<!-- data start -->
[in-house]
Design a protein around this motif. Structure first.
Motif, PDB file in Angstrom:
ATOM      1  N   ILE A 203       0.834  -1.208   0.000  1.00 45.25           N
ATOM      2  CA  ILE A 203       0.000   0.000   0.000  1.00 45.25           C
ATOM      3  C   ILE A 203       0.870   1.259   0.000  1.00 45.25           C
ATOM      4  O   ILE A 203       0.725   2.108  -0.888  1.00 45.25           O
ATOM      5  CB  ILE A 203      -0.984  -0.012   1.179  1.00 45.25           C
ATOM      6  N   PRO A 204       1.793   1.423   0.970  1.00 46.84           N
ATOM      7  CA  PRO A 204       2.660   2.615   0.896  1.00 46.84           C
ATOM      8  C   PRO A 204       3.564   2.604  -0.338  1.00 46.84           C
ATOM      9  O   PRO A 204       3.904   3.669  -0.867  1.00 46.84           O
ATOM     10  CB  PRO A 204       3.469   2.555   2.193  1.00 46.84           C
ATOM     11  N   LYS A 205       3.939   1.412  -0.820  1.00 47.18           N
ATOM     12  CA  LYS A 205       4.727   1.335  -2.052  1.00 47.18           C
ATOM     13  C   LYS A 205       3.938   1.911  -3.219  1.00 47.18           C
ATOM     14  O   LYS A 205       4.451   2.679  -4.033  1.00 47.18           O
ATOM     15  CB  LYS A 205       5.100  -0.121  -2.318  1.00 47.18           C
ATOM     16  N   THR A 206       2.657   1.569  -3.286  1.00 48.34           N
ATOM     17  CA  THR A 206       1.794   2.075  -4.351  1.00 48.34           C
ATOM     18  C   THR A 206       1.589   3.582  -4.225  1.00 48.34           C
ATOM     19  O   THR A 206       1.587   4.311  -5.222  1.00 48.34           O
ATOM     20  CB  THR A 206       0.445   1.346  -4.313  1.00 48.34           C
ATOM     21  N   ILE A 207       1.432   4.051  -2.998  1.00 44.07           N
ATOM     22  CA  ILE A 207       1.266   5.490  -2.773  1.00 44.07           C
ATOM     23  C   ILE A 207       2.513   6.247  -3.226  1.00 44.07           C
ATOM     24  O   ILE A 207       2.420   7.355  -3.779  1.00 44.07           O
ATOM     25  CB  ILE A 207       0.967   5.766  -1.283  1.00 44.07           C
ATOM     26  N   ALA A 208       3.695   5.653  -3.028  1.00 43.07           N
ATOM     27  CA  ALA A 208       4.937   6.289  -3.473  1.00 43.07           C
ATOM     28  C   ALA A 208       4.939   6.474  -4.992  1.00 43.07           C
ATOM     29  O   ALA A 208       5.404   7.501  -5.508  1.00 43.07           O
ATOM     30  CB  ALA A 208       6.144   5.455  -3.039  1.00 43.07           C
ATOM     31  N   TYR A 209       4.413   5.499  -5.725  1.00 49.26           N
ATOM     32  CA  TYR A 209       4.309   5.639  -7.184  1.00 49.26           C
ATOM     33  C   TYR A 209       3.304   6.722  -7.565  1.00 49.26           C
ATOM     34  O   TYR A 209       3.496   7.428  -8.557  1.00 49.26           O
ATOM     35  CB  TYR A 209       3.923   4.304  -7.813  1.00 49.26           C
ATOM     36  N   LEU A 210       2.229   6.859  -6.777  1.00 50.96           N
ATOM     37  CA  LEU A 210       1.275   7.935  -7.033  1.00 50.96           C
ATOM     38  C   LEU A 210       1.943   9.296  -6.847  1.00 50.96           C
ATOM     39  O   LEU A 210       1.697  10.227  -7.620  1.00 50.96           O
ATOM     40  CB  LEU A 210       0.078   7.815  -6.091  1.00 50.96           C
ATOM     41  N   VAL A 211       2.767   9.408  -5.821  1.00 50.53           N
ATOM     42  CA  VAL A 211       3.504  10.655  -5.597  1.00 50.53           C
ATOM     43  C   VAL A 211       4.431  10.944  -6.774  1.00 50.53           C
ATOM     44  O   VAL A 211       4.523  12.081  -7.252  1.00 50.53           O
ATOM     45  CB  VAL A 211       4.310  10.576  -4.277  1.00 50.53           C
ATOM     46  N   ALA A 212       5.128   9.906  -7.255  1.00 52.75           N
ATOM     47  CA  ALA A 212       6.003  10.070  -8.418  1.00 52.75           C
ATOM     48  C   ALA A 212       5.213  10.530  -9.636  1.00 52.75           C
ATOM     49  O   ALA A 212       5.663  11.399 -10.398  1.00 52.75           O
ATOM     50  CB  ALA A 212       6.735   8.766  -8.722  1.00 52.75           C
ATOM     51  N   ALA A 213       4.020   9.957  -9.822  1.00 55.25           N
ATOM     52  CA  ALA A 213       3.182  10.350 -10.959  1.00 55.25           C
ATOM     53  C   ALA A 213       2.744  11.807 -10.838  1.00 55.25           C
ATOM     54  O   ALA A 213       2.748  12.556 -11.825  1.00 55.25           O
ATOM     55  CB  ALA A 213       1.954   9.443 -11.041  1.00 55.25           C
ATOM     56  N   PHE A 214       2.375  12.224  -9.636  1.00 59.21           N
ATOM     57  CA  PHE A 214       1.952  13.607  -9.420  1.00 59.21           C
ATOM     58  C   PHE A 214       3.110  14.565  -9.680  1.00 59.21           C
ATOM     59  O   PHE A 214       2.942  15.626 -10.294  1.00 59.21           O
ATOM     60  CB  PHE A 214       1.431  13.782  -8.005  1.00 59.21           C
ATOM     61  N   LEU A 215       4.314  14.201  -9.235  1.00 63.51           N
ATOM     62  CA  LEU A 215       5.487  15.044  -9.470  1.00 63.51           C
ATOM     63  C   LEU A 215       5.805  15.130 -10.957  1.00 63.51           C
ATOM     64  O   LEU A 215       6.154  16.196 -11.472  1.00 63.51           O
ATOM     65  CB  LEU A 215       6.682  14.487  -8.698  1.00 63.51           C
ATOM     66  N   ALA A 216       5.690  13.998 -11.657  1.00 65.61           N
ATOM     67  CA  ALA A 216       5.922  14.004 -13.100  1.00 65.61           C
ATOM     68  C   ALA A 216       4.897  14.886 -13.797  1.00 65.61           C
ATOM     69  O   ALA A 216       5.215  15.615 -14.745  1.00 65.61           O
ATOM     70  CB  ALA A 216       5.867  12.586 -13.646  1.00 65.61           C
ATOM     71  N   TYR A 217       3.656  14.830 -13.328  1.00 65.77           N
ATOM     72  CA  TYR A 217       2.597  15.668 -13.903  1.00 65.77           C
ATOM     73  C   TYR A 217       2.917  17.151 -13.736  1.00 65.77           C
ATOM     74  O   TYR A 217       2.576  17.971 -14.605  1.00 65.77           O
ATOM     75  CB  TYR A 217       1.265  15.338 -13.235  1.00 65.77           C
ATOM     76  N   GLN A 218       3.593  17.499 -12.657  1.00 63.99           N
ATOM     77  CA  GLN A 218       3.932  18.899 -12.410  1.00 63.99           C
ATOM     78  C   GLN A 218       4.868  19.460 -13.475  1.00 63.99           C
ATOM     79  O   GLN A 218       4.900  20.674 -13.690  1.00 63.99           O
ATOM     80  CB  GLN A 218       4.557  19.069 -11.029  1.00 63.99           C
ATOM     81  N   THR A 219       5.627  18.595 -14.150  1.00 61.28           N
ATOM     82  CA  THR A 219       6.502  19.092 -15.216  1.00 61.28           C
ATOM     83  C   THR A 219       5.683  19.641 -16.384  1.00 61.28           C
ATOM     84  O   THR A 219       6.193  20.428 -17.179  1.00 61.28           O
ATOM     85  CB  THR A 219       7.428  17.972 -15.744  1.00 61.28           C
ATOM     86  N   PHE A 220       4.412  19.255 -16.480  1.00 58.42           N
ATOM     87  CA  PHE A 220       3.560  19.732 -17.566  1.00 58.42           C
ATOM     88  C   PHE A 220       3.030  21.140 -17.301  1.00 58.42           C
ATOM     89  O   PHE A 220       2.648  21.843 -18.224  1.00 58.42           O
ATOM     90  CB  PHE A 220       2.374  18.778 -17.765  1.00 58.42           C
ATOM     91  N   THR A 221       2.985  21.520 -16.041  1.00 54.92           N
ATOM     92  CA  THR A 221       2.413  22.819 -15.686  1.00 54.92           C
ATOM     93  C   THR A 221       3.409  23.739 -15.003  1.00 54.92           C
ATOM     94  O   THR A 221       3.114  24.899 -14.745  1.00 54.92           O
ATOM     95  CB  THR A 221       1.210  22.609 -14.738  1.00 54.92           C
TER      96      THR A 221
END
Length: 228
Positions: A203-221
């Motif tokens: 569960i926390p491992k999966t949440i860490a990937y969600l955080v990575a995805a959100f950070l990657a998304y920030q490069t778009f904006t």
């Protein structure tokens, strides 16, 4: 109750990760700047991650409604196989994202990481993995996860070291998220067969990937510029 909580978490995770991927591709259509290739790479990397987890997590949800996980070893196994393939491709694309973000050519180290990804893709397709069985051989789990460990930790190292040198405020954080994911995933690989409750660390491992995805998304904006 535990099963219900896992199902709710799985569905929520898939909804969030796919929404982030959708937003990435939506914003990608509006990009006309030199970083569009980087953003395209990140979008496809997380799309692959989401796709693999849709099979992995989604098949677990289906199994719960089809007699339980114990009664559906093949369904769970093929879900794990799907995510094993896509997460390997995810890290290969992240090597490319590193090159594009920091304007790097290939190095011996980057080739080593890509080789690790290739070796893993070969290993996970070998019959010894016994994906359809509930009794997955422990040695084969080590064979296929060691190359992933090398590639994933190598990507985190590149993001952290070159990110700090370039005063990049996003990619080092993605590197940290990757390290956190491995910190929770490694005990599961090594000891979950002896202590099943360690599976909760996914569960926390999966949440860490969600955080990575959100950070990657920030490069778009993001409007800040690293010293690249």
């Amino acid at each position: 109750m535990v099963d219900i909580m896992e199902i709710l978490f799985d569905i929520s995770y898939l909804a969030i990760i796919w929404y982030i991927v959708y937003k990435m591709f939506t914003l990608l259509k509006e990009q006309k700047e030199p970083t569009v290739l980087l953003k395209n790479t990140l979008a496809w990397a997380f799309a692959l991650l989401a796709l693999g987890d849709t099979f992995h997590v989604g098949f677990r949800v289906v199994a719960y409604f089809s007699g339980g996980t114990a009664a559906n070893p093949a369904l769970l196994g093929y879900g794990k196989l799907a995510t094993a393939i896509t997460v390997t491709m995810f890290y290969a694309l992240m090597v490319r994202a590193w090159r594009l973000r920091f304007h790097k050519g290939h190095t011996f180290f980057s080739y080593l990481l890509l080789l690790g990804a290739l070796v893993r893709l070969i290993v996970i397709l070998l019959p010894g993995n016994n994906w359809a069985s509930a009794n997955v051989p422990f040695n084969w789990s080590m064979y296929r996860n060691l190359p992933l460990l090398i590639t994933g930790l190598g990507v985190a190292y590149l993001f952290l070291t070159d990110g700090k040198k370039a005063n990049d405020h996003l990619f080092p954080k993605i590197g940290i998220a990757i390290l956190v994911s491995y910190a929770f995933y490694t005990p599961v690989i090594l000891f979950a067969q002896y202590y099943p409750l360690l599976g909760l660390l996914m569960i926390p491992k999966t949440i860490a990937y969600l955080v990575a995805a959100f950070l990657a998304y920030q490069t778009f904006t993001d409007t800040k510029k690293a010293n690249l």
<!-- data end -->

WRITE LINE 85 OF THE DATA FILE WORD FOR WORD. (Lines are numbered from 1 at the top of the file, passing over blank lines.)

ATOM     82  CA  THR A 219       6.502  19.092 -15.216  1.00 61.28           C